Life O'Riley is undergoing an environmental assessment, a requirement before the homes can be torn down.
The assessment is a survey of the homes to determine if there's anything dangerous inside of them that would cause public harm during the demolition.
More than 90 structures still cover the Life O'Riley mobile home park and before it's flattened, each one will be inspected.
"Our plan is to work as many daylight hours as we can until the job is completed," said Bryan Dryer of the Environmental Testing and Consulting Group.
During the next four weeks, his team is looking for asbestos, lead paint and any other hazardous materials throughout the park.
"We're gonna have to consider each building individually and make sure we write specific information for that structure, just have the best information possible so the City has that going forward," Dryer explained.
The City of Lansing will take that report to court, seeking a Judge's approval to have another contractor remove the dangerous materials before all of the homes can be demolished.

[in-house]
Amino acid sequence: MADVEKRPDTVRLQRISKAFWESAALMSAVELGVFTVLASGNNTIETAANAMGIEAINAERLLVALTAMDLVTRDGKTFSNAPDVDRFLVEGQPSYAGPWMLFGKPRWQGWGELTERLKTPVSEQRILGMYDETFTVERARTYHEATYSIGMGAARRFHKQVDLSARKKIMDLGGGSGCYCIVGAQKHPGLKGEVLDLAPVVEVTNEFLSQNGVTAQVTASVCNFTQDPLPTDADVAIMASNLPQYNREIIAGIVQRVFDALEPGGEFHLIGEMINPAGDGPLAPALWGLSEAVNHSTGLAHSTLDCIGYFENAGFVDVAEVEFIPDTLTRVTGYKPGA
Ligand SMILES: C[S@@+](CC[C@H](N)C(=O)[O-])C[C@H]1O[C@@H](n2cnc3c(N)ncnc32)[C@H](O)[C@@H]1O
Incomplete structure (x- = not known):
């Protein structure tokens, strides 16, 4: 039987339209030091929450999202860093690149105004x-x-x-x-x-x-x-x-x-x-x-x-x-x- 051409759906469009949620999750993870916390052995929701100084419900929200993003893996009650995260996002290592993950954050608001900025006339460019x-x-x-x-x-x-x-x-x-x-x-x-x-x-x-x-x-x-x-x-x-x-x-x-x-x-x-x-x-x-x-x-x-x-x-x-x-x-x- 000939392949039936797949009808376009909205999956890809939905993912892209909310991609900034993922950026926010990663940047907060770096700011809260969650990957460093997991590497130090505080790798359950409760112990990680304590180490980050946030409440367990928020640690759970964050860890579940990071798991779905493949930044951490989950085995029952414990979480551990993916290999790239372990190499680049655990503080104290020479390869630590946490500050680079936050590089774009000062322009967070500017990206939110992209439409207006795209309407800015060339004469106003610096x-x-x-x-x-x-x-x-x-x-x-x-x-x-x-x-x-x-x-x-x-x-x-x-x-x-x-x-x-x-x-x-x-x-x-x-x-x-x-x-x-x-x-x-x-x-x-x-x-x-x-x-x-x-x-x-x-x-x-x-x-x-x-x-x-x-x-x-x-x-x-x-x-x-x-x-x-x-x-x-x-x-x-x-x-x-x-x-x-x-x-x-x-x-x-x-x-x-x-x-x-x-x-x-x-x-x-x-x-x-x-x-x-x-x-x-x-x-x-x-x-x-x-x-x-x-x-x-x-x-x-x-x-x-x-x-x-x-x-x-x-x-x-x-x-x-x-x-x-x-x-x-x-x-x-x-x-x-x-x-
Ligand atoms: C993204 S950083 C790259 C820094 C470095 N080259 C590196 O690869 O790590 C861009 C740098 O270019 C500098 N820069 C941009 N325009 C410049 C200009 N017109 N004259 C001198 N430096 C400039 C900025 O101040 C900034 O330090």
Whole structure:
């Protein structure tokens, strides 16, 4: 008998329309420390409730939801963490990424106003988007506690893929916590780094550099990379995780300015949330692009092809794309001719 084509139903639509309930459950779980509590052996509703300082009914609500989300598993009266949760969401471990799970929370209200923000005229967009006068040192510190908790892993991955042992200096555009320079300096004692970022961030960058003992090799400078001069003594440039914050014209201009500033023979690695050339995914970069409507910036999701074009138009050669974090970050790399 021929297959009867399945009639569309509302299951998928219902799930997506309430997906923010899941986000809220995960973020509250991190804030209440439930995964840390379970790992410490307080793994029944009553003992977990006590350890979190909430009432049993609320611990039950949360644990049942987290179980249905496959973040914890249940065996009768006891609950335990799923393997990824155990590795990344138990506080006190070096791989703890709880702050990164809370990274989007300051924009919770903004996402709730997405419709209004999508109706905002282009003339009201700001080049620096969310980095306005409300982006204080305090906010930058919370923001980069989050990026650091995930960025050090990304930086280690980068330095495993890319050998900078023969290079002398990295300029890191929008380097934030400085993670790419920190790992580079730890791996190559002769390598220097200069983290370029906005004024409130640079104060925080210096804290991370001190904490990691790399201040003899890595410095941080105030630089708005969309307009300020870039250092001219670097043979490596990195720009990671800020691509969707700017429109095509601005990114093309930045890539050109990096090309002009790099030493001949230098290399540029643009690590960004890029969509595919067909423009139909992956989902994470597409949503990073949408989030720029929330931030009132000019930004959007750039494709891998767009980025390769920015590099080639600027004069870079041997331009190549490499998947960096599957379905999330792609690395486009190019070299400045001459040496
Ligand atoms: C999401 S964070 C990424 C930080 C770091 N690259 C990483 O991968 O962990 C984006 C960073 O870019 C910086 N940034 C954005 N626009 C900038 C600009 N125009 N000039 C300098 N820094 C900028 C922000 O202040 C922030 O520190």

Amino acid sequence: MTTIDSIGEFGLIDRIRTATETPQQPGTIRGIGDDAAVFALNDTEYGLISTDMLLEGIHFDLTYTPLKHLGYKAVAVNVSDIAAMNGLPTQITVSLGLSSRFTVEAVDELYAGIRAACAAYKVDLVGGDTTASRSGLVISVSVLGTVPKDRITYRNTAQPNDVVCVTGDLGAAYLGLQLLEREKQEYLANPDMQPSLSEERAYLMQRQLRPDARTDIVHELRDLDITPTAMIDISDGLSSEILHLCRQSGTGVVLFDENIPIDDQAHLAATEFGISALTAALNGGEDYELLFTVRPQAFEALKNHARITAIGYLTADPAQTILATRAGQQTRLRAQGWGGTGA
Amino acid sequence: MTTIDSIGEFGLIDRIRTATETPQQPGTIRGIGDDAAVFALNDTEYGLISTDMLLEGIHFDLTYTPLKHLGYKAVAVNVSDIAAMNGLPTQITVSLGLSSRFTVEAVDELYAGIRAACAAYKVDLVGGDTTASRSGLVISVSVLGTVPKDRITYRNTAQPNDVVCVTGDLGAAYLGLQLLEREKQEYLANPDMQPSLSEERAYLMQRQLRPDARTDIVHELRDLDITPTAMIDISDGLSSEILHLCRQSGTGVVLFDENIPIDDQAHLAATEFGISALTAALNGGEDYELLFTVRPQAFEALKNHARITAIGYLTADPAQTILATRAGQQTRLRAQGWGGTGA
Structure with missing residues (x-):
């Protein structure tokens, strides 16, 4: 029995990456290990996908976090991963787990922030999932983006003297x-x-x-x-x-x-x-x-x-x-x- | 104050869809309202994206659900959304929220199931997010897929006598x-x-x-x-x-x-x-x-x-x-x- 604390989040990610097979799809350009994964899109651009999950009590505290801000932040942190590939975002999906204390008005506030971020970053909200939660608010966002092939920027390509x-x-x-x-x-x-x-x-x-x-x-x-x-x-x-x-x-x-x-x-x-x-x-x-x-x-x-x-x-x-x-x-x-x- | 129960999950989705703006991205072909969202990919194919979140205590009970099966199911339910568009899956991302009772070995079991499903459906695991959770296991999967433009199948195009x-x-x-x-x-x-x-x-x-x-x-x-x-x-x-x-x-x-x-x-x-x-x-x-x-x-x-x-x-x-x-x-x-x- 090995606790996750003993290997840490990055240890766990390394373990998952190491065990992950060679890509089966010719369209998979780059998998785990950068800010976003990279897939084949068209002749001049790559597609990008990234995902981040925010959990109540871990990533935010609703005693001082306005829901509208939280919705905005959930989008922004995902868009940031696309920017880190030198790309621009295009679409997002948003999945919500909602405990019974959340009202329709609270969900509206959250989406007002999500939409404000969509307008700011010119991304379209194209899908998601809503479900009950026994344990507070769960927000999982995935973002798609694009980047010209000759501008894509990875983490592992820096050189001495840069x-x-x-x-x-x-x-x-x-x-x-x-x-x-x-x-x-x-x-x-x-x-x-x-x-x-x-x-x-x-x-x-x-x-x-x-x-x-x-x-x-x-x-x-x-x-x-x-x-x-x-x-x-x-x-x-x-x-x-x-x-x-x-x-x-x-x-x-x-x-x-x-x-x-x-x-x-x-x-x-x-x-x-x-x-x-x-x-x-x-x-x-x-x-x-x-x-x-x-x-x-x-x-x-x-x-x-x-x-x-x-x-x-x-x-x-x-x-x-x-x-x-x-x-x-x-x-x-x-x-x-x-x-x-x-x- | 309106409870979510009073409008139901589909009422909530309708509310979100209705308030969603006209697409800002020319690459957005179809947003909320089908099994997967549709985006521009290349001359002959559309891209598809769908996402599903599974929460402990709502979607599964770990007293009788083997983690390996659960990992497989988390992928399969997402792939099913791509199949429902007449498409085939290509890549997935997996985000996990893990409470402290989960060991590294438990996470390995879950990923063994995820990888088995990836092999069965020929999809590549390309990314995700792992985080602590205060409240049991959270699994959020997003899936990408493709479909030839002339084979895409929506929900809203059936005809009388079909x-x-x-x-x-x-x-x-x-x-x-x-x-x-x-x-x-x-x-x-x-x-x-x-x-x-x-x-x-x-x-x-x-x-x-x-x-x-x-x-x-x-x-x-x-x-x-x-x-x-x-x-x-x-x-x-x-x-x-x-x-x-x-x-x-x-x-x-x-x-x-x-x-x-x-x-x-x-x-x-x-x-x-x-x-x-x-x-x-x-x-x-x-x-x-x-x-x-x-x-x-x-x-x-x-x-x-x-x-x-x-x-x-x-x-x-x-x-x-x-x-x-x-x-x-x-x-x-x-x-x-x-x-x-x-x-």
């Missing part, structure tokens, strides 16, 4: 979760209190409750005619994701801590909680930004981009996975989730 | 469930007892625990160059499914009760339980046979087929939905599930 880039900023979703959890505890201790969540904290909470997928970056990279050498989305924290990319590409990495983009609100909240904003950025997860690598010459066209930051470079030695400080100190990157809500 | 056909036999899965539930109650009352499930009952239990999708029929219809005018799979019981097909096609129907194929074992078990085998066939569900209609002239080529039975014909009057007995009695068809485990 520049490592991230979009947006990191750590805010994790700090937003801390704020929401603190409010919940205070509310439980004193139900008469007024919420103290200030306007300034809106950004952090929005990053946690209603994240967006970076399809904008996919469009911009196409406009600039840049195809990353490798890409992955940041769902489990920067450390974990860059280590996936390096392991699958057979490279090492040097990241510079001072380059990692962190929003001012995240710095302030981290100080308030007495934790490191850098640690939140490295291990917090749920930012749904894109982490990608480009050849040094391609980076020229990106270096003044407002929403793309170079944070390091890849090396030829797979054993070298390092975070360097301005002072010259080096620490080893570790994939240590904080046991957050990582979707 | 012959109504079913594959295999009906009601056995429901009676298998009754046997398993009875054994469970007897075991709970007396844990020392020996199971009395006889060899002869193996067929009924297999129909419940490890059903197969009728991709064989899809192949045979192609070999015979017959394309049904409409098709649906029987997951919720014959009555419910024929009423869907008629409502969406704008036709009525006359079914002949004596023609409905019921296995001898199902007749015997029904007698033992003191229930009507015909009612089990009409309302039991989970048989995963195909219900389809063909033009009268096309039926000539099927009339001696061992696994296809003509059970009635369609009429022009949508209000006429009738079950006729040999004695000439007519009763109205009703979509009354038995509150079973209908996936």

"Once the demolition starts, I think it's going to go very quickly," said Bob Johnson, with the City's Planning and Neighborhood Development. "But, the process to get to that point, we have to make sure we dot every 'i' and cross every 't'."
Taking every precaution to not mess up a process that's already taken two years.
"Because the property owner has been derelict," Mayor Virg Bernero said. "I mean the reality is the property owner has refused to act responsibly, putting the rest of the neighborhood in jeopardy, financially, and even with things like vermin, with who knows what is on the property."
The Mayor says the neglected property has attracted criminal behavior.
"We will be so much better off when it's a blank slate. And, when it's a blank slate, it can be marketed. It can be redeveloped," he said.
The day neighbors are looking forward to.
"It's time for a change for that end of the neighborhood," Thomas Stowell said. "A nice little subdivision could go in there. You could put twenty, twenty-plus nice houses in there, a nice circle drive and it'd be good for it."
City leaders tell News Ten they are expecting some push back from the property owner as the demolition process gets underway.
The owner will be billed for the assessment, demolition and eventual clean-up of the property.
We spoke with him on the phone. He says he has no comment.
The assessment is expected to take about four weeks. The City's next court date is in mid-September. If the judge allows the City to move forward with the demolition, the City says the property should be cleared about two months later.